Oct. 30, 2020, 1:33 a.m. ET
Stef Feldman, the Biden campaign’s policy director, and Jake Sullivan, a senior policy adviser, are other key economic policy aides. Others who have briefed Mr. Biden include Raj Chetty, a Harvard economist who has produced pathbreaking research on economic mobility and its roots in the last several years; Lisa D. Cook, a Michigan State University economist and veteran of Mr. Obama’s Council of Economic Advisers, who has published work on the economic costs of racial discrimination in innovation and other areas; and Janet L. Yellen, the former chair of the Federal Reserve.
In recent months, other veterans of Mr. Obama’s White House economic team have joined as surrogates for Mr. Biden in public policy discussions, including Austan Goolsbee, a former chairman of the Council of Economic Advisers, and Gene Sperling, a former National Economic Council chairman. — Jim Tankersley
Foreign policy and national security
Mr. Biden would come to office with more foreign policy experience than any president in memory. Some in his inner circle of foreign policy and national security advisers have worked for him on and off for decades.
None are strident ideologues. Collectively they represent a relatively centrist, establishment worldview — most of them held senior positions in the Obama administration — in a party where liberals enjoy growing influence. But people around Mr. Biden say his aides understand that assumptions that governed Obama policymaking have changed, including the prospects for cooperation with China and the importance of the Middle East.
Perhaps most influential among them is Antony Blinken, who worked for Mr. Biden on the Senate Foreign Relations Committee in the 2000s and served as a deputy national security adviser and deputy secretary of state under Mr. Obama. Known more for his diplomatic touch than any fixed ideas, he is considered a likely candidate for national security adviser or secretary of state.
Mr. Biden also relies on the counsel of Mr. Sullivan, who served as his national security adviser when Mr. Biden was vice president. A former senior aide to Mrs. Clinton, Mr. Sullivan is seen as an establishment centrist but has recently called for overhauling foreign policy to better connect to middle-class concerns. Others include Julie Smith, who served as a deputy national security adviser in Mr. Biden’s White House office. She is a European specialist and backs tough policies to deter Russian aggression in Europe.
Also in Mr. Biden’s orbit are party long-timers like former Secretary of State John Kerry, a contemporary of Mr. Biden in the Senate who has been among his party’s more hawkish members in the past 20 years, and Thomas Donilon, a former national security adviser to Mr. Obama who has known Mr. Biden since the 1980s. A leading proponent of cooperation with China during the Obama years, Mr. Donilon, like several others in Mr. Biden’s orbit, has recently come to see Beijing as a more serious threat to American interests. — Michael Crowley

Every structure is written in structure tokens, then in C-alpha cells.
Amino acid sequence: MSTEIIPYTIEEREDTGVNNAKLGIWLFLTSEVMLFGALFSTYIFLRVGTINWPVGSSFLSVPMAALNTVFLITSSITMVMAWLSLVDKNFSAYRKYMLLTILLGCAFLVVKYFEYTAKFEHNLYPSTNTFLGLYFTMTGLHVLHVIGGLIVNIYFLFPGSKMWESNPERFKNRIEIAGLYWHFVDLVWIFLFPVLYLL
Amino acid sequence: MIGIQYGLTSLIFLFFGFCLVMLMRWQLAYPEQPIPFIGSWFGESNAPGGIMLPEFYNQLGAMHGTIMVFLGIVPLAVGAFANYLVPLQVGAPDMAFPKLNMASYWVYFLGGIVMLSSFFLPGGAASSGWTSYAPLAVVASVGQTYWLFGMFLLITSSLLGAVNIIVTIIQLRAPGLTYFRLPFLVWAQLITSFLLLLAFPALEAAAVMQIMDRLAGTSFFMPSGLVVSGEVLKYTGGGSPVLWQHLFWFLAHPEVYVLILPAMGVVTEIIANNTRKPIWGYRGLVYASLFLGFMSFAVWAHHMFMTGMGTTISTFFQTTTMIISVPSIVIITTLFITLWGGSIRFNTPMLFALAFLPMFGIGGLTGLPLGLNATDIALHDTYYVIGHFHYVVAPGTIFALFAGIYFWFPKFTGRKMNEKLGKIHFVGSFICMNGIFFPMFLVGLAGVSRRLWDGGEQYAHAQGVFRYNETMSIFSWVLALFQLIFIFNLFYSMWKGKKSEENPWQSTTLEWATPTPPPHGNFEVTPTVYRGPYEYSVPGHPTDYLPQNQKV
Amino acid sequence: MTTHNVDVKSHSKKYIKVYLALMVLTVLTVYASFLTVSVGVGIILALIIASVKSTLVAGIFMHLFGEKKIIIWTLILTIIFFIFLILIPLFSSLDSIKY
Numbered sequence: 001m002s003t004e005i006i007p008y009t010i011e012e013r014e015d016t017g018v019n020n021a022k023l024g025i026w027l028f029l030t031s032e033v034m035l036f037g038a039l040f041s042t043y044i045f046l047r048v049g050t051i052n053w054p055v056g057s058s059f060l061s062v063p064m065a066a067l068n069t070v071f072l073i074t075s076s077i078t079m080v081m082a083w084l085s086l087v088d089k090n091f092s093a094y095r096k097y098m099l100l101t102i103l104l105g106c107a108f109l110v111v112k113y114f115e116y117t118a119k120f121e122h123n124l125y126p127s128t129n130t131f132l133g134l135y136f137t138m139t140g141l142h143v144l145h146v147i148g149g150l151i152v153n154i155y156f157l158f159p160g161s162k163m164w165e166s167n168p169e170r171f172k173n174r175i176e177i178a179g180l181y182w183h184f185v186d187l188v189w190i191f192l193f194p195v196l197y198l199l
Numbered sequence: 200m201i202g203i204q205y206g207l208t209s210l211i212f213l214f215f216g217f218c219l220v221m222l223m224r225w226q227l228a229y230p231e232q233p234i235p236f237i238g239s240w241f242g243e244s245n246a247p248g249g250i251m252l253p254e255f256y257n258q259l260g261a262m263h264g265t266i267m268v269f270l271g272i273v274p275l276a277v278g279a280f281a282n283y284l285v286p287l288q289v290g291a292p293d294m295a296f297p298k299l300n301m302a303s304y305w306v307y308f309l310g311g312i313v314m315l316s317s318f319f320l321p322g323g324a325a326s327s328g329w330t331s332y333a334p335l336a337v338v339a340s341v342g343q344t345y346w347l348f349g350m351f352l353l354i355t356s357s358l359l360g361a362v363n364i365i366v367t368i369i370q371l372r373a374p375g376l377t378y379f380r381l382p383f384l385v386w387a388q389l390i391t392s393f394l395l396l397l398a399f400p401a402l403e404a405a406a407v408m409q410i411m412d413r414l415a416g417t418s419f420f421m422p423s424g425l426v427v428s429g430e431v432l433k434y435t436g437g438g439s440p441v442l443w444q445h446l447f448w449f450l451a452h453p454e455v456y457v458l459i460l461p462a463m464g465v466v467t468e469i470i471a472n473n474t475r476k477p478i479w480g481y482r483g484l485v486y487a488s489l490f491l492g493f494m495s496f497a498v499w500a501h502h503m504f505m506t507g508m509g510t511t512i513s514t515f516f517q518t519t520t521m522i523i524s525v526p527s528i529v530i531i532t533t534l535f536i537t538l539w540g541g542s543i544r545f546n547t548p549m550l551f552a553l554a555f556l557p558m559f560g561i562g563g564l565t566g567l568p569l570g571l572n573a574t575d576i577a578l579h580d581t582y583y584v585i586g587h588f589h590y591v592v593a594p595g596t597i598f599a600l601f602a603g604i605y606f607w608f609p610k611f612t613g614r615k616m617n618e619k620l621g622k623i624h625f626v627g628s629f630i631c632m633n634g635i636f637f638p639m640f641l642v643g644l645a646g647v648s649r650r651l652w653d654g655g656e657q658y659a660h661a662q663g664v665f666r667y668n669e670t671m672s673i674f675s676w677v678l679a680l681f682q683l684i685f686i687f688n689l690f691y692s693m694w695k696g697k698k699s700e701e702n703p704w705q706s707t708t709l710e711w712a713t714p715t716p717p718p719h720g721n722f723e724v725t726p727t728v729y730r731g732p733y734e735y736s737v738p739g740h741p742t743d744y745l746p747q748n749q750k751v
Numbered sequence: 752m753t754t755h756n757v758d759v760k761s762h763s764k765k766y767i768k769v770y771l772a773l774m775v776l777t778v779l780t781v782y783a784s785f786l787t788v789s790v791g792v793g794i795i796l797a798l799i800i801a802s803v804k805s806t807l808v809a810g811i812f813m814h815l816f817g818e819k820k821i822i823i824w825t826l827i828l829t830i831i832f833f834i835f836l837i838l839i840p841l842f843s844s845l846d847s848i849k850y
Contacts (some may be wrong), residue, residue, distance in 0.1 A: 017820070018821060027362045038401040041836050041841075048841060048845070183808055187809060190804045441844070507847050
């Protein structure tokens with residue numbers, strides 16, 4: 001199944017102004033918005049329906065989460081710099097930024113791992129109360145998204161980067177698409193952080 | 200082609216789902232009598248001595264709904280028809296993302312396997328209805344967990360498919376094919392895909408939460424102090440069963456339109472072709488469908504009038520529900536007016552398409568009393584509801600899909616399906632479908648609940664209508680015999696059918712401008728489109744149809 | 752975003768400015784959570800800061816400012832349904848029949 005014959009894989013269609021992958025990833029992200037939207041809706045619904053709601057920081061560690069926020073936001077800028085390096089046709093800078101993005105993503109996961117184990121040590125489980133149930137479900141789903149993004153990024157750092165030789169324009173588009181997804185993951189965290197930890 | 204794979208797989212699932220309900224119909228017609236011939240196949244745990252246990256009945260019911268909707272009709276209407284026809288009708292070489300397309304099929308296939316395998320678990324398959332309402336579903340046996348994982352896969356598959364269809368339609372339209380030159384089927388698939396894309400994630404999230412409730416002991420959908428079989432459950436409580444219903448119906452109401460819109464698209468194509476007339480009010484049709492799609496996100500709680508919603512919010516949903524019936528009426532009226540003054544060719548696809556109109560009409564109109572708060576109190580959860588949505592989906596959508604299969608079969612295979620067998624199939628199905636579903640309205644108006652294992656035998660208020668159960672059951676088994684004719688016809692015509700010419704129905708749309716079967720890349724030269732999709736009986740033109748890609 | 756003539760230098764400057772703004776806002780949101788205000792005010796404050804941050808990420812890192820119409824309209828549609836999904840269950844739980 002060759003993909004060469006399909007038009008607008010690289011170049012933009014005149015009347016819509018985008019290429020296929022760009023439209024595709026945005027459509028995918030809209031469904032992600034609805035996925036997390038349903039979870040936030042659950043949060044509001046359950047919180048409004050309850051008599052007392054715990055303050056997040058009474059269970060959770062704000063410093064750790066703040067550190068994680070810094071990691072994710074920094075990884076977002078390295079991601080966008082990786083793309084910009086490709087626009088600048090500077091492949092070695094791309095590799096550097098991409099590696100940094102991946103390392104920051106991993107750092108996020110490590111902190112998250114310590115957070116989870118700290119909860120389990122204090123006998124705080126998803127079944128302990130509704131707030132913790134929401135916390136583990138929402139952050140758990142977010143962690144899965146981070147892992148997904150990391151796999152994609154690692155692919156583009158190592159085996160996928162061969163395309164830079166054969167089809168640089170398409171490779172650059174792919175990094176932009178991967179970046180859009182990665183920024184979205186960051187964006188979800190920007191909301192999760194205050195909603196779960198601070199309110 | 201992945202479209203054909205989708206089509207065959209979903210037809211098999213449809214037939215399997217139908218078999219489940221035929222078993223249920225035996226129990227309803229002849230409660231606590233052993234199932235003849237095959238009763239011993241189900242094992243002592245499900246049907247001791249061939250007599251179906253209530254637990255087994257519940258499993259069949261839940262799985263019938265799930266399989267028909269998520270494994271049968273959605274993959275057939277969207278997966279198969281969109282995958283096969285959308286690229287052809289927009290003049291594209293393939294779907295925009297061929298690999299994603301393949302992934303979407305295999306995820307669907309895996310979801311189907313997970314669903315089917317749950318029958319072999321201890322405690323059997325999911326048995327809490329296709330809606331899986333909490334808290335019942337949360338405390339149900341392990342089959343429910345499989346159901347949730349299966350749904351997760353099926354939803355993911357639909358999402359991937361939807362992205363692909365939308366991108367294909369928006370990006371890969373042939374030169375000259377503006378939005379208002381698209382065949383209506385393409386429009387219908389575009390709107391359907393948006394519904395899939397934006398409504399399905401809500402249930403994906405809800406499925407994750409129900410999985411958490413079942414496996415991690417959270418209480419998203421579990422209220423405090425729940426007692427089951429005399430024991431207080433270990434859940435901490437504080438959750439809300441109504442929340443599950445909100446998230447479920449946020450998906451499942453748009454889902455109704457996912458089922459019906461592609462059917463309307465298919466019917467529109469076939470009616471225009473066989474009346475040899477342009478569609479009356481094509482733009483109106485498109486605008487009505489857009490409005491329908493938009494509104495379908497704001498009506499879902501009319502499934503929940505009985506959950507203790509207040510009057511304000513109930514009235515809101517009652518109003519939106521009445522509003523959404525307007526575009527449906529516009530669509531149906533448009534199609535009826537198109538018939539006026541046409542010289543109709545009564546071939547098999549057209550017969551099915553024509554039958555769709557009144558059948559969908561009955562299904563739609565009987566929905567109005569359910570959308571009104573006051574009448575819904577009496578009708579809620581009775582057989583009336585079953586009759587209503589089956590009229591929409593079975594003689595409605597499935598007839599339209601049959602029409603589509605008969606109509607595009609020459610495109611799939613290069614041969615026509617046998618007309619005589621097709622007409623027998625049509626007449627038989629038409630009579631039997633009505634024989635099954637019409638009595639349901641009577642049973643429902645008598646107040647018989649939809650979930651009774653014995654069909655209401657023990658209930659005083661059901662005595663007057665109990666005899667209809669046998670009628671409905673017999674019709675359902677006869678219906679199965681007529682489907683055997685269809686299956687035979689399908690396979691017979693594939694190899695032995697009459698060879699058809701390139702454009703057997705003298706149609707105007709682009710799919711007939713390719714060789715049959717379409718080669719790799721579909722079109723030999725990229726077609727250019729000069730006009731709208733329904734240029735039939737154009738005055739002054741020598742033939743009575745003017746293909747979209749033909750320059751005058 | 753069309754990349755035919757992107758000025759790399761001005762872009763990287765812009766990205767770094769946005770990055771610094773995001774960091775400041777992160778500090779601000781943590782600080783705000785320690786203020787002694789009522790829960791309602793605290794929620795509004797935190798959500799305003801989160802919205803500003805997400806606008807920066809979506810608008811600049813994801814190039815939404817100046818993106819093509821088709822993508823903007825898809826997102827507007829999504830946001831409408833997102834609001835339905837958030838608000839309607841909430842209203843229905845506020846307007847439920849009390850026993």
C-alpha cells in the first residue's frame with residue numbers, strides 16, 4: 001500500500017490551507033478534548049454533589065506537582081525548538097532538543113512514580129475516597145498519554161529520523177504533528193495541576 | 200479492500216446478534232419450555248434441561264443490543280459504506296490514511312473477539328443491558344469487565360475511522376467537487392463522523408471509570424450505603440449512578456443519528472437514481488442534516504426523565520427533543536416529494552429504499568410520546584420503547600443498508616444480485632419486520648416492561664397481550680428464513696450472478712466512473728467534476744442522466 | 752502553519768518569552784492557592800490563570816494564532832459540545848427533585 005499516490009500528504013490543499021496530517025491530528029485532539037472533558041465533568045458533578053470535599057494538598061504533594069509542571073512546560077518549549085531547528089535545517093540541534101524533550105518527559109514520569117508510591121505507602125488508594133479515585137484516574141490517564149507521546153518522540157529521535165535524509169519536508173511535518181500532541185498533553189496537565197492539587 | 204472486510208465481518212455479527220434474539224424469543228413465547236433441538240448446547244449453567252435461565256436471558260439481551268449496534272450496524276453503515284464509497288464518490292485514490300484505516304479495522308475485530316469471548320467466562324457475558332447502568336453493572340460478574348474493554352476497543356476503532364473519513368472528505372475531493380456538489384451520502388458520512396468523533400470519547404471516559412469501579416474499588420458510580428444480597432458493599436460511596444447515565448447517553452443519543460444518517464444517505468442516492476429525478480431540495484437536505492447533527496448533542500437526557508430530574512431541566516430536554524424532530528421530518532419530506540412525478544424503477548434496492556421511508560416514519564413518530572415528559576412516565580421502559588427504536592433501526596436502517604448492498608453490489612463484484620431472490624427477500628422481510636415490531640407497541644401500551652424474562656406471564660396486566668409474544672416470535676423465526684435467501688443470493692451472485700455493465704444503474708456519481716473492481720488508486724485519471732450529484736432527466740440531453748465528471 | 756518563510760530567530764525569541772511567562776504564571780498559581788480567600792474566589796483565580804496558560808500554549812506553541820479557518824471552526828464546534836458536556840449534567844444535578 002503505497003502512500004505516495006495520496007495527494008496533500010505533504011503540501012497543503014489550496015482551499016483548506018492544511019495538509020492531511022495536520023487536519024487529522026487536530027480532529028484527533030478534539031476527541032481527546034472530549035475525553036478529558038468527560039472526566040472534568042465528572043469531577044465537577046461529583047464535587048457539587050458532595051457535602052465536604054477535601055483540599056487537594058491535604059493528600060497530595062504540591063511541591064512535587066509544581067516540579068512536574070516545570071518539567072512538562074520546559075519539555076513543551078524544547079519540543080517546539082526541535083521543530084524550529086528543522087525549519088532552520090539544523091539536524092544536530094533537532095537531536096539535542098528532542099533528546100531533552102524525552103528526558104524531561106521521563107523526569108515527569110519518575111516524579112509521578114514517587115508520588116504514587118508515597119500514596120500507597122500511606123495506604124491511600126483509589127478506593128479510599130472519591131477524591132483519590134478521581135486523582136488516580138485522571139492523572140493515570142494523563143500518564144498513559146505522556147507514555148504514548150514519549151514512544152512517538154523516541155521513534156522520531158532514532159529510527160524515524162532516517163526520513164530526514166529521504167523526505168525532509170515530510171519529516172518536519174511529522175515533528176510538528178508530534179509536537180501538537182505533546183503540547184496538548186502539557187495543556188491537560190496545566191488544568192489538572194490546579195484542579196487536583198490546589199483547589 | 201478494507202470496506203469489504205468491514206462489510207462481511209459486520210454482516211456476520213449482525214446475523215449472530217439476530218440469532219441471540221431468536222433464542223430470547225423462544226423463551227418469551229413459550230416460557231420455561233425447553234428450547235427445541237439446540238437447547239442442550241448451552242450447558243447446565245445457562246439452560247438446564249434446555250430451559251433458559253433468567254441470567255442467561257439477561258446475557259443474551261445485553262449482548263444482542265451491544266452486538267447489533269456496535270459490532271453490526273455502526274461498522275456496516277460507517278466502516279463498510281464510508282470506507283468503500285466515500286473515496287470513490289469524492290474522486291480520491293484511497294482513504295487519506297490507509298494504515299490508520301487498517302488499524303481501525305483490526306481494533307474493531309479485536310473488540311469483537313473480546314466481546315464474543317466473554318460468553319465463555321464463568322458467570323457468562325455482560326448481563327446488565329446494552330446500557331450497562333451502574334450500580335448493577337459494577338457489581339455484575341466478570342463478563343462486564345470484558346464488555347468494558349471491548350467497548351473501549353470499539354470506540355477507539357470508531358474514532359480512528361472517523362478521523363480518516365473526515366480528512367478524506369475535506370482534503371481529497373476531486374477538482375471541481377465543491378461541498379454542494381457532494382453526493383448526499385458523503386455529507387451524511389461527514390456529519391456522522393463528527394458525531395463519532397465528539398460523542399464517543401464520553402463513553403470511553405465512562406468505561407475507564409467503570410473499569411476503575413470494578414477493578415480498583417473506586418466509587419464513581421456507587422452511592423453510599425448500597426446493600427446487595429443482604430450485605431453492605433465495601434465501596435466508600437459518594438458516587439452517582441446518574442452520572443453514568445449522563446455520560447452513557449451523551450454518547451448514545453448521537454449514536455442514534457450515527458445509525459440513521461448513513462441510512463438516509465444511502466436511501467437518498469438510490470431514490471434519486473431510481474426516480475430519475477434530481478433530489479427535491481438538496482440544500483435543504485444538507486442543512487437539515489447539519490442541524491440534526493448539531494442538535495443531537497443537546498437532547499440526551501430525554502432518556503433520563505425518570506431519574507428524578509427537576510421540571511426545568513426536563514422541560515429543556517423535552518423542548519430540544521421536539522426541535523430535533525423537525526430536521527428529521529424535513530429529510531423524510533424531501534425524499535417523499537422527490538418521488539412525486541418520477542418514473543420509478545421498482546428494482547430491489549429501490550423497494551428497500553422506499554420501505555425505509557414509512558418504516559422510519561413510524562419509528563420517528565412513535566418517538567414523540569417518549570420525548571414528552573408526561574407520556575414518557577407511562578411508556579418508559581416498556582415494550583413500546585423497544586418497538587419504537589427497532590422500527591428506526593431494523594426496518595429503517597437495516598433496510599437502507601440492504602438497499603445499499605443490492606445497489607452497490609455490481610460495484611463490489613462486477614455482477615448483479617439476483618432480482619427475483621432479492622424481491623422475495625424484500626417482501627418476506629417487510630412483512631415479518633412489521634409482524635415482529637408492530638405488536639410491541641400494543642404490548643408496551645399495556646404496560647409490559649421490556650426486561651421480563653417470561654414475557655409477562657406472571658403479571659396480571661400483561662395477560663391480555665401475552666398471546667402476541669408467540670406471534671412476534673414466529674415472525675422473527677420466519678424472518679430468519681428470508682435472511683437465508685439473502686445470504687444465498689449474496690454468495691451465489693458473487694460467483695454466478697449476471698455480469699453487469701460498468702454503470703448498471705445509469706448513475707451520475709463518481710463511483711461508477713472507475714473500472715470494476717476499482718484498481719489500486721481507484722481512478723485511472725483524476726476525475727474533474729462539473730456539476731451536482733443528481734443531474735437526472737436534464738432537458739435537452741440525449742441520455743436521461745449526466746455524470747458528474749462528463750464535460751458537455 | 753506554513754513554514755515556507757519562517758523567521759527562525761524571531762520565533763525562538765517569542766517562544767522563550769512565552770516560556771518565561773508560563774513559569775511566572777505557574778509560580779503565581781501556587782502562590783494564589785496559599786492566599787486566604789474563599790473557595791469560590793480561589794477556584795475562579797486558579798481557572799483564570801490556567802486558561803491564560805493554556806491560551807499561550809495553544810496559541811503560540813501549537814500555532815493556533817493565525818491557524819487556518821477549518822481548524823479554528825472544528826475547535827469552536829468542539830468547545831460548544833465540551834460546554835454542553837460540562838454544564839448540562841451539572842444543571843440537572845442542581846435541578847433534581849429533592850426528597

To hear Mr. Trump tell it, Mr. Biden’s climate change policies are being engineered by Representative Alexandria Ocasio-Cortez of New York and young activists who championed the Green New Deal.
Ms. Ocasio-Cortez did serve as a chairwoman of the “unity” task force on climate created by Mr. Biden and Mr. Sanders, and Mr. Biden reached out to the environmental justice community, youth leaders and union officials as he shaped his $2 trillion plan to expand clean energy and eliminate net fossil fuel emissions by 2050.
But Mr. Biden’s inner circle on climate change is largely composed of those with whom he served in the Obama administration: Mr. Kerry; Gina McCarthy, a former Environmental Protection Agency administrator; and John Holdren, a former White House science adviser.
All have pressed for aggressive policies to address climate change. But they also are veterans of failed battles to enact legislation, which then turned to executive action and regulatory policies that the Trump administration repealed.
The Biden campaign’s policy director, Ms. Feldman, who also worked on energy issues for Mr. Biden when he was vice president, has played a key role in shaping his climate plans.
Heather Zichal’s presence as an informal adviser to Mr. Biden has angered climate activists because she was on the board of Cheniere Energy, a liquefied natural gas company, from 2014 to 2018. Ms. Zichal served as Mr. Kerry’s legislative director in the Senate before working in the Obama administration, where she worked closely with Mr. Biden in spending $90 billion from the 2009 stimulus law on clean energy. She later helped develop regulations to curb emissions from oil wells, vehicle tailpipes and power plants.
Another adviser is Brian Deese, a former senior adviser to Mr. Obama on energy and climate and now global head of sustainable investing at BlackRock, the world’s largest asset manager.
Mr. Biden also turns to a cadre of former Senate colleagues and other peers who are steeped in climate change policy and politics, including Gov. Jay Inslee of Washington and Tom Steyer, the billionaire climate activist, both of whom ran for president on global warming platforms.
Mr. Biden remains at odds with Ms. Ocasio-Cortez on several key climate issues, including a national ban on fracking, which Mr. Biden opposes. Speaking on CNN on Sunday, Ms. Ocasio-Cortez said the difference did not trouble her. “It will be a privilege to lobby him should we win the White House,” she said. — Lisa Friedman